Karen Kupperman's Teaching and Research Interests
Karen Ordahl Kupperman's scholarship focuses on the Atlantic world in the sixteenth and seventeenth centuries, particularly contacts and ventures between Europe and North America and the Caribbean. One part of her work deals with the ways English promoters and settlers wrote about the American Indians, and the ways that both Indians and English tried to interpret the other and to incorporate unprecedented opportunities and challenges. All parties to new relationships tried to fit the others into their own understanding of human nature and society, and to manipulate unprecedented situations in terms of that understanding. Another major theme in her work is the difficulties colonial leaders faced in trying to create orderly, functioning societies in America. Colonial founders discovered that none of their assumptions about how to create societies was realistic in the absence of the kinds of sanctions that shaped behavior in Europe. These difficulties forced them to think deeply about how society actually works, and about what might be distinctive about English society. Innovative solutions emerged and distinctive forms were created as a result. A third thread of her research deals with the American environment and its impact on early European migrants. The climate in America was far different from their expectations and this posed intellectual and physical problems. For one thing, America's east coast was much colder than comparable latitudes in western Europe's maritime climate and reporters therefore had to explain why New York, for example, is so cold despite being so far south of London. This problem was exacerbated by the severe Little Ice Age conditions that prevailed in the colonial period, and these conditions transformed life for Indians as well as newcomers. Early theories about the human relationship to the environment began to emerge. Kupperman's present research is an attempt to reconstruct the climate of the Little Ice Age in America and to analyze Europeans' attempts to make sense of the climatic phenomena they encountered, especially as they competed with Indian leaders for control of the natural world.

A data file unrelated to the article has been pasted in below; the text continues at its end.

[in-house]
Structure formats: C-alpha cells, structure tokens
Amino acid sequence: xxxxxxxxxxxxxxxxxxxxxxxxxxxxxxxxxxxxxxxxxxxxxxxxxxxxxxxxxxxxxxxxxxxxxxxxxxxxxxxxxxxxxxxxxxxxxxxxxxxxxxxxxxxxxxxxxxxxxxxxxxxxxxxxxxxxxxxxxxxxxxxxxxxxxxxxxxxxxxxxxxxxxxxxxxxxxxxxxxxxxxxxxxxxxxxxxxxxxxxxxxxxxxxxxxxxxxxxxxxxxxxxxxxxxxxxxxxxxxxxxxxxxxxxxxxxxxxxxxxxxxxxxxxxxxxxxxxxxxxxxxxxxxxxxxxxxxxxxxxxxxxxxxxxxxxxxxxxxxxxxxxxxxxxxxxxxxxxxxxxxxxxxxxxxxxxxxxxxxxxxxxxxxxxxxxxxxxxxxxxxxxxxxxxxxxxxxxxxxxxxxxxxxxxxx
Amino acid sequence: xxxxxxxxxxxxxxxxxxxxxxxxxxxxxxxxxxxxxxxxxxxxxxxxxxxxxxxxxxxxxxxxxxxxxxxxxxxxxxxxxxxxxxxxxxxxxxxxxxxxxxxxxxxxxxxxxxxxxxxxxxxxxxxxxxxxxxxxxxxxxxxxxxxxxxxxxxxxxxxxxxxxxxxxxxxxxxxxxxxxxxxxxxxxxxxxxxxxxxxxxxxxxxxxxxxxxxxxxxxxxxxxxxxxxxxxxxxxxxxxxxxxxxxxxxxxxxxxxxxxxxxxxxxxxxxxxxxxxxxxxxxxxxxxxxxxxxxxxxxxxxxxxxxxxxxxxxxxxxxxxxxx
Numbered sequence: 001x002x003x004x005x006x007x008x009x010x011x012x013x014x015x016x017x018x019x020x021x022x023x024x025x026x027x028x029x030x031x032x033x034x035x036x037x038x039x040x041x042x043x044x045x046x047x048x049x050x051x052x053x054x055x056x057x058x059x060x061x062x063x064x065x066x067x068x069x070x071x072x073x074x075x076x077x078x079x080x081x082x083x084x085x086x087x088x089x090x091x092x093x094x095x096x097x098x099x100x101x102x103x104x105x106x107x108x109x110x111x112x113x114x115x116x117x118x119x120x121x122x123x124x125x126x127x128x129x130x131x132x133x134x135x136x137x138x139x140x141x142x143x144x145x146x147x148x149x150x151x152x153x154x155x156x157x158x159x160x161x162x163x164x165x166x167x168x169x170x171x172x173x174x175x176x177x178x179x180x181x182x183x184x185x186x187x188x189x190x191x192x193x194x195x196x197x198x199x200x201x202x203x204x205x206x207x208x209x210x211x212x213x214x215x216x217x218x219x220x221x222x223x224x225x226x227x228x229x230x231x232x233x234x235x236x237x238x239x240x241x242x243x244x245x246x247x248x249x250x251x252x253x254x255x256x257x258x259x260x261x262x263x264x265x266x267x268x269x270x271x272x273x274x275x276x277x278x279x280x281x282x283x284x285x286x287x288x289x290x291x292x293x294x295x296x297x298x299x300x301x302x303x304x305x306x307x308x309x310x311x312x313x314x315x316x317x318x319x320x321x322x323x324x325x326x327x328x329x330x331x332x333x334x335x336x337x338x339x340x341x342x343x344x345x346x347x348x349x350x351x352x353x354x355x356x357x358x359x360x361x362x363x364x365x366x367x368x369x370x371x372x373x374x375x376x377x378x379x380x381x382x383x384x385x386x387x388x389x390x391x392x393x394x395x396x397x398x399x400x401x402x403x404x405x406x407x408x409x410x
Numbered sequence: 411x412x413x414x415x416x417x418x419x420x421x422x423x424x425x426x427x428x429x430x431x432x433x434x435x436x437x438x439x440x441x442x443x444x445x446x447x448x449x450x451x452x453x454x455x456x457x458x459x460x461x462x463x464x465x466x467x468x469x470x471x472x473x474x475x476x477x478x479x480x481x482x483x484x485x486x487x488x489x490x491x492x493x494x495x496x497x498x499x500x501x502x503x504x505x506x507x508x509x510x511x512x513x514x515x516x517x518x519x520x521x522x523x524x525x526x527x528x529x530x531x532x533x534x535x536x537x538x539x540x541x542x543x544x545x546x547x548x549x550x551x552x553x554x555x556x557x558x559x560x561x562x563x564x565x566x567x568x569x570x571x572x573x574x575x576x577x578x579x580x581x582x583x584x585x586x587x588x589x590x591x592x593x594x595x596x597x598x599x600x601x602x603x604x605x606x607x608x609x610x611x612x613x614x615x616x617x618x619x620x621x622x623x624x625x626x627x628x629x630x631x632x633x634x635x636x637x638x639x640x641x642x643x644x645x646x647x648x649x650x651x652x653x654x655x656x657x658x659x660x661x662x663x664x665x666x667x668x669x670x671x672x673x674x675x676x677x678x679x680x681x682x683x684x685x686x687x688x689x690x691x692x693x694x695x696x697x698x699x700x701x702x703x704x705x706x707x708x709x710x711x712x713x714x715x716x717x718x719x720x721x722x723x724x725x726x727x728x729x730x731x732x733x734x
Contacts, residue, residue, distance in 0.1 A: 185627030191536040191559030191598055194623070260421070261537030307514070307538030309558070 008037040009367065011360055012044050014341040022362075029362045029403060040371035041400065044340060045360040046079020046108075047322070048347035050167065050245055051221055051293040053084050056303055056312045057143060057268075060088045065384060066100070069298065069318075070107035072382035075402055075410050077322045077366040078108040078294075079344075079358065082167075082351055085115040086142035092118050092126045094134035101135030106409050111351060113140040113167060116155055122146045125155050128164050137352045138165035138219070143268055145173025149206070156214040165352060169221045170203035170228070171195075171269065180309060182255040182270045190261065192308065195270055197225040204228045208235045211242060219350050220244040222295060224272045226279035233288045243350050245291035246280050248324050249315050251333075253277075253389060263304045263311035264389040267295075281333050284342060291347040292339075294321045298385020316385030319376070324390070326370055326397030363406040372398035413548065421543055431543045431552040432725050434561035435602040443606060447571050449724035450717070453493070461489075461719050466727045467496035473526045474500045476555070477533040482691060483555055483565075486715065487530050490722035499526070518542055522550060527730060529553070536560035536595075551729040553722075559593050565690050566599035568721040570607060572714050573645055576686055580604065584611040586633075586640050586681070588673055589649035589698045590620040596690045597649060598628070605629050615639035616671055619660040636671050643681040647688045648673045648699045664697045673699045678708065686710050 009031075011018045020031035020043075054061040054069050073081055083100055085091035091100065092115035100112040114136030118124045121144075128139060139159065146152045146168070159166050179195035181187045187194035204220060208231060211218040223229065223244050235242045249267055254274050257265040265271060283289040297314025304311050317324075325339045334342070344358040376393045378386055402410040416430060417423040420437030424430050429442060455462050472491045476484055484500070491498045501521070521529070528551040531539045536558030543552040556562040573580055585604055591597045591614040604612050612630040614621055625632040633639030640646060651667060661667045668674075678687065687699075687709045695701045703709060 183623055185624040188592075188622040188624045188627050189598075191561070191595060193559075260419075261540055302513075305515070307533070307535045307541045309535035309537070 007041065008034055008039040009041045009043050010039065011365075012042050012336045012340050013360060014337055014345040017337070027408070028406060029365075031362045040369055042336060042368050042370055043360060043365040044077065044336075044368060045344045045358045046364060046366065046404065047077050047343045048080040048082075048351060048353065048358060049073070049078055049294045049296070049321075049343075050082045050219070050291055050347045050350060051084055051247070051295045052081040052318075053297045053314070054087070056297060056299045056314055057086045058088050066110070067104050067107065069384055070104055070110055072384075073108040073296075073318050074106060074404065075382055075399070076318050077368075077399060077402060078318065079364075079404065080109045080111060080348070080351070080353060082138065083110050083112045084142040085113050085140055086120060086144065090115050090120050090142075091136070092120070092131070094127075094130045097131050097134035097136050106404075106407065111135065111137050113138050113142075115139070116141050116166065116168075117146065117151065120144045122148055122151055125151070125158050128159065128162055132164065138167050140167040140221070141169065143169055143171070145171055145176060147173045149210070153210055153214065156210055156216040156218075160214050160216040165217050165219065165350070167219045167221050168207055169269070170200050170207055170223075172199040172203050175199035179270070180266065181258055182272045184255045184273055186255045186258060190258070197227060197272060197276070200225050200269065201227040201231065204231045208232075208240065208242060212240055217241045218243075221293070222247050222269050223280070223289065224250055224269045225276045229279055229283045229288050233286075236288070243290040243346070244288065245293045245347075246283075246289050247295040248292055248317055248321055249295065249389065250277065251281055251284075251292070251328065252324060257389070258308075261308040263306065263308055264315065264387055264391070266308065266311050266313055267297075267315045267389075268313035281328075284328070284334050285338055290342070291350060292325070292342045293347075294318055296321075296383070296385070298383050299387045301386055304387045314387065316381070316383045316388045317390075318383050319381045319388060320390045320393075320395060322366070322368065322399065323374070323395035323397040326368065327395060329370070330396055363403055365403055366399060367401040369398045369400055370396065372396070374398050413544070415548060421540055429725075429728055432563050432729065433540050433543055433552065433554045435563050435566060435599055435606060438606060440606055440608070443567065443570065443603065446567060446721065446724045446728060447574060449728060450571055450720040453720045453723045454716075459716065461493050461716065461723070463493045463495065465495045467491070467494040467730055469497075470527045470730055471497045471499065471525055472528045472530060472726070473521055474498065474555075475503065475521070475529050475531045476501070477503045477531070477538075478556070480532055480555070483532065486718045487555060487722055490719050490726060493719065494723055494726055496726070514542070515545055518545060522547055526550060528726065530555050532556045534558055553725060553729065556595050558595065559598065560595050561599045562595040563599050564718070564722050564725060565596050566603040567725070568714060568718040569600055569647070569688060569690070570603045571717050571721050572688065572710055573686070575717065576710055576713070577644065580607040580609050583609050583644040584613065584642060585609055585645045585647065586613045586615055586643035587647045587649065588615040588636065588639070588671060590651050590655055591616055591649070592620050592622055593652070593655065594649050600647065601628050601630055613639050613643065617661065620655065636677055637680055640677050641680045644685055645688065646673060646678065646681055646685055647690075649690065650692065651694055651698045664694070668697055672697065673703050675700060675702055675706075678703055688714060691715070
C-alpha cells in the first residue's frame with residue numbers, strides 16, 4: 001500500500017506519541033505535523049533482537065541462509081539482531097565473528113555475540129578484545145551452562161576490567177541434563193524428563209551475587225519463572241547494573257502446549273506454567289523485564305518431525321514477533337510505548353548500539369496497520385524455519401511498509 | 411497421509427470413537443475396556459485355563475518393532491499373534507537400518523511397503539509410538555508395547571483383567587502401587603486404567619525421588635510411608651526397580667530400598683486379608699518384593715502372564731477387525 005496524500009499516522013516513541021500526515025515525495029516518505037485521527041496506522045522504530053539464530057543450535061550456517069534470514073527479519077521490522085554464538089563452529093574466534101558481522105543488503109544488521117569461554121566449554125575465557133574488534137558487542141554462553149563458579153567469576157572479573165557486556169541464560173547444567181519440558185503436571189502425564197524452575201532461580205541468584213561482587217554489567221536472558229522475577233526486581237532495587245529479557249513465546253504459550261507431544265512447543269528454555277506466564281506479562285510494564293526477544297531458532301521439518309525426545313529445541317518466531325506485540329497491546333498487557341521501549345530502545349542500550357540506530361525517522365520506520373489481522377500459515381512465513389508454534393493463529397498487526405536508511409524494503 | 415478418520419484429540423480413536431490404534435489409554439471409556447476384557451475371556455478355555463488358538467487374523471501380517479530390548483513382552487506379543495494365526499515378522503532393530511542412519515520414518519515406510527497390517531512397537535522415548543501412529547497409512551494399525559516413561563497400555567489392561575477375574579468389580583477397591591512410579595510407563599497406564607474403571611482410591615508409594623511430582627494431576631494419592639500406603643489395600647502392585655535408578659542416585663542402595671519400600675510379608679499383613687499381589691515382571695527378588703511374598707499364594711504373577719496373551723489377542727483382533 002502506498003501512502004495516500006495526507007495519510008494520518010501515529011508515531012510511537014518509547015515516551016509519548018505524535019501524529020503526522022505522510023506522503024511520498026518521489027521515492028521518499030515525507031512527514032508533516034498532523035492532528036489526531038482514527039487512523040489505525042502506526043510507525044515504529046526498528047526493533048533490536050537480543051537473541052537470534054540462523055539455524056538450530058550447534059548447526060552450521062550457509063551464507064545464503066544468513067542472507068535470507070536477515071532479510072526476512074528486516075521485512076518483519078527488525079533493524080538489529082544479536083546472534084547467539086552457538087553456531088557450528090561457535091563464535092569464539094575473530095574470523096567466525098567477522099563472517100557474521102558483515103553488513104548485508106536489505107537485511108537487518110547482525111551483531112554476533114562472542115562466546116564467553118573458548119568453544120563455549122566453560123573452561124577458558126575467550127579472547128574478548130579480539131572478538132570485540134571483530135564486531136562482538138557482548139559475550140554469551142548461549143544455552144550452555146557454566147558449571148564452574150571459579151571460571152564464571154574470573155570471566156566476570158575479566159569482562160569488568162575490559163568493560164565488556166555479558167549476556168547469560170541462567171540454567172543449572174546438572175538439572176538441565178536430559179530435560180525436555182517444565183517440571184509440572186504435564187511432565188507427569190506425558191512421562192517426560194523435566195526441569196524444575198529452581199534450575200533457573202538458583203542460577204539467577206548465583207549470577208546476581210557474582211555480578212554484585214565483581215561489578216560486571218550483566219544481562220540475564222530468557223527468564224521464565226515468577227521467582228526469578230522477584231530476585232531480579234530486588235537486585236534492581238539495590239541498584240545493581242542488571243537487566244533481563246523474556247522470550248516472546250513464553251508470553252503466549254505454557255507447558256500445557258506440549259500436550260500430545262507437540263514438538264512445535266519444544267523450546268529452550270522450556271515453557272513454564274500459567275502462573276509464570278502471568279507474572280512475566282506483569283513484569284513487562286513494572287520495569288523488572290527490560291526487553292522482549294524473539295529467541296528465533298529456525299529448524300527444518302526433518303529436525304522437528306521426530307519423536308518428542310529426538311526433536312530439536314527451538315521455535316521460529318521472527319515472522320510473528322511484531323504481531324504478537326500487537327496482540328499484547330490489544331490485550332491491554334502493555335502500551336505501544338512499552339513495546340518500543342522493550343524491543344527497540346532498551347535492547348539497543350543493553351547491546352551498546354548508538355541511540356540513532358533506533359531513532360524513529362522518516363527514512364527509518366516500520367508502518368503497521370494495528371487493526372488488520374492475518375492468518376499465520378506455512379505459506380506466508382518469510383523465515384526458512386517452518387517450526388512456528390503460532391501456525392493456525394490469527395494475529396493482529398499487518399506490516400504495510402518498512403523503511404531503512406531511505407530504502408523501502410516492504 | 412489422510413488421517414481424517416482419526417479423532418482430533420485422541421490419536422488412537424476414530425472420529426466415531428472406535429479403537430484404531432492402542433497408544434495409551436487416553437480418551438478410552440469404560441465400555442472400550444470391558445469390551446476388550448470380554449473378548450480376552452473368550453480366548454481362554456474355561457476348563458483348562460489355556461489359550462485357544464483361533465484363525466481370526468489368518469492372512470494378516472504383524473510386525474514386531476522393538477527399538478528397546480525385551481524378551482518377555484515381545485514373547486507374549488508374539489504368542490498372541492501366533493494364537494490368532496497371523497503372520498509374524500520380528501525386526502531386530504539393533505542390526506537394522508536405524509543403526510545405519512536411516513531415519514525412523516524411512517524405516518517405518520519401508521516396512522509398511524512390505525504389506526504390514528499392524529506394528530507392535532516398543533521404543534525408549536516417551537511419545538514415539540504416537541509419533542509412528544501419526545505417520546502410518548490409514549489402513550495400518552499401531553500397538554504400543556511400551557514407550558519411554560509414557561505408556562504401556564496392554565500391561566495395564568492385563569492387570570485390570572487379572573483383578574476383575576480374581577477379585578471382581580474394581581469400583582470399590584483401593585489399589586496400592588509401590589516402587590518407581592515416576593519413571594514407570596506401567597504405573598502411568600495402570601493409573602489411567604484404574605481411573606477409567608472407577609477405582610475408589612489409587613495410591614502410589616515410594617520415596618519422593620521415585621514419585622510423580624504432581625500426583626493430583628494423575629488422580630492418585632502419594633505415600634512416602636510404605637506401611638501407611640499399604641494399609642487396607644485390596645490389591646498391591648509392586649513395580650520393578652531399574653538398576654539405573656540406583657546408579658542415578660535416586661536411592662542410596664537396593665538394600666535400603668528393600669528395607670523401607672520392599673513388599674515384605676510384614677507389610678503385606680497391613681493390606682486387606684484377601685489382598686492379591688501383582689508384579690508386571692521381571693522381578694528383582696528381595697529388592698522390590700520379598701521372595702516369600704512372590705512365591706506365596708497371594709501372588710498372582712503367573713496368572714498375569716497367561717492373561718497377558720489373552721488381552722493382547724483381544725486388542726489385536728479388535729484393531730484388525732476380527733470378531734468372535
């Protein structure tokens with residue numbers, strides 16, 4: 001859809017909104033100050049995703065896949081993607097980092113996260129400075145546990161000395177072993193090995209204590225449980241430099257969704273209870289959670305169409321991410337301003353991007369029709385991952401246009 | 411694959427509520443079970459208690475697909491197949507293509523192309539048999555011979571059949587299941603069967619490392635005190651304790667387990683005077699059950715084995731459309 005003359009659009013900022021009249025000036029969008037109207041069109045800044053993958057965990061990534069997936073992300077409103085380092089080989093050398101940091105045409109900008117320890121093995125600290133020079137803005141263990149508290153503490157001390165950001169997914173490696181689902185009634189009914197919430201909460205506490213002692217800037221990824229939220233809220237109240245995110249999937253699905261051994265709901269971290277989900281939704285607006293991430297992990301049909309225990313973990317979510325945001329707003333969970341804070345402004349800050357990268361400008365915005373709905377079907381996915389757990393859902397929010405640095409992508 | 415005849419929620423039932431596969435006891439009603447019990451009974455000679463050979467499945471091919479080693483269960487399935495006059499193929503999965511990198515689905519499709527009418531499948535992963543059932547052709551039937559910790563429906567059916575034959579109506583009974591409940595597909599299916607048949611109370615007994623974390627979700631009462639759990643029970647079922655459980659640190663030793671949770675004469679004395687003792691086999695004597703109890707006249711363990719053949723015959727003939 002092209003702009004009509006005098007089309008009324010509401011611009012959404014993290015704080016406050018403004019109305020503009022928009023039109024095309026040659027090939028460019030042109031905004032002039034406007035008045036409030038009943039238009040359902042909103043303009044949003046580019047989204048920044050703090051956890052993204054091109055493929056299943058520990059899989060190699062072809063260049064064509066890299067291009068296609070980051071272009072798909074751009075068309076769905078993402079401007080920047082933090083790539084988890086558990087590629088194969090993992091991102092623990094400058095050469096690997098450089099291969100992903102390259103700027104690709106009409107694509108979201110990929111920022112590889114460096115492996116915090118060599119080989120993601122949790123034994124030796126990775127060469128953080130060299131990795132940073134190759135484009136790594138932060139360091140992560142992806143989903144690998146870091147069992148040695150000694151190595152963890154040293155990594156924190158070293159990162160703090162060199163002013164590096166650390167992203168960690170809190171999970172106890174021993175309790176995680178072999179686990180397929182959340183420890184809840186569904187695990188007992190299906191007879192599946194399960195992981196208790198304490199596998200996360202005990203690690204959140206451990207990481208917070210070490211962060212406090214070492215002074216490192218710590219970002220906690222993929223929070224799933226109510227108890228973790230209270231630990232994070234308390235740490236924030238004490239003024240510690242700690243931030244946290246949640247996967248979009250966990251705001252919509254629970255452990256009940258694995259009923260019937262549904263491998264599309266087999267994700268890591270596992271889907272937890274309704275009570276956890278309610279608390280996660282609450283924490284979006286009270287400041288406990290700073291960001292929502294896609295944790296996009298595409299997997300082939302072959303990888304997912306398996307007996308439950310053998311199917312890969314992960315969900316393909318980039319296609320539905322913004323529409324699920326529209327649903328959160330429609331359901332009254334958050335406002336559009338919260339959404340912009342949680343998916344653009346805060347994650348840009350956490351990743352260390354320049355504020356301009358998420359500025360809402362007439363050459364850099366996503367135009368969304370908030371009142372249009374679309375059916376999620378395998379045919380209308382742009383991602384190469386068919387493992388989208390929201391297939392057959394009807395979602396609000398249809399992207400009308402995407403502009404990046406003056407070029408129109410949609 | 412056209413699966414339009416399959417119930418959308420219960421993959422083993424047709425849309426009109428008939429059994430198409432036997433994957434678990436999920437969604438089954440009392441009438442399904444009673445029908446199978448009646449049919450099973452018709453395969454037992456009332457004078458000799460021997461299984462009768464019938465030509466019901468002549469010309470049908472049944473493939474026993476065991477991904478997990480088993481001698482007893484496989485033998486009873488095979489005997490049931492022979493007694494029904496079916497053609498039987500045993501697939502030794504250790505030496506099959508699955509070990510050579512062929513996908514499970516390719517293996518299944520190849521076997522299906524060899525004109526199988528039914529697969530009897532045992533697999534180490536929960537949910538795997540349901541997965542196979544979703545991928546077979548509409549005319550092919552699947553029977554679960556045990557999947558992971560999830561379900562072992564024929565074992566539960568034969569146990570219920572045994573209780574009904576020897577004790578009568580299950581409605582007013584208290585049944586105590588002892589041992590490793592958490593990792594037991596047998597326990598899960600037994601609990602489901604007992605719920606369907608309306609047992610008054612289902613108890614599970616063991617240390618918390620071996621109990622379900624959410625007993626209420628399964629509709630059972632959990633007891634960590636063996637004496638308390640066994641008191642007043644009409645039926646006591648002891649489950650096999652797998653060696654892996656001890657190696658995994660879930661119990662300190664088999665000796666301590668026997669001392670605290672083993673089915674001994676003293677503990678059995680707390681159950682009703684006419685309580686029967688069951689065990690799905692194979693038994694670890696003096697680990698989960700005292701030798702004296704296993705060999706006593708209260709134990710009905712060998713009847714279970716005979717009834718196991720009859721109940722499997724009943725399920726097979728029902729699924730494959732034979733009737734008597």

Karen Ordahl Kupperman's teaching focuses on the early modern Atlantic world, particularly the efforts of Europeans to establish colonies in North America and in the Caribbean. She regularly teaches courses in colonial America, broadly conceived, at both the undergraduate and graduate level. She also teaches American Indians in early American History, which deals primarily with the ways in which American Indians interacted with Europeans from the beginnings of the fishing and fur trades through the period of Indian Removal in the early nineteenth century. These courses all rely heavily on primary sources, documents written during the period by participants, and call on students to function as historians. Students are encouraged to take an analytical approach and to enter into the currents of the period under discussion. At the graduate level Kupperman also teaches research courses that focus on the Atlantic world.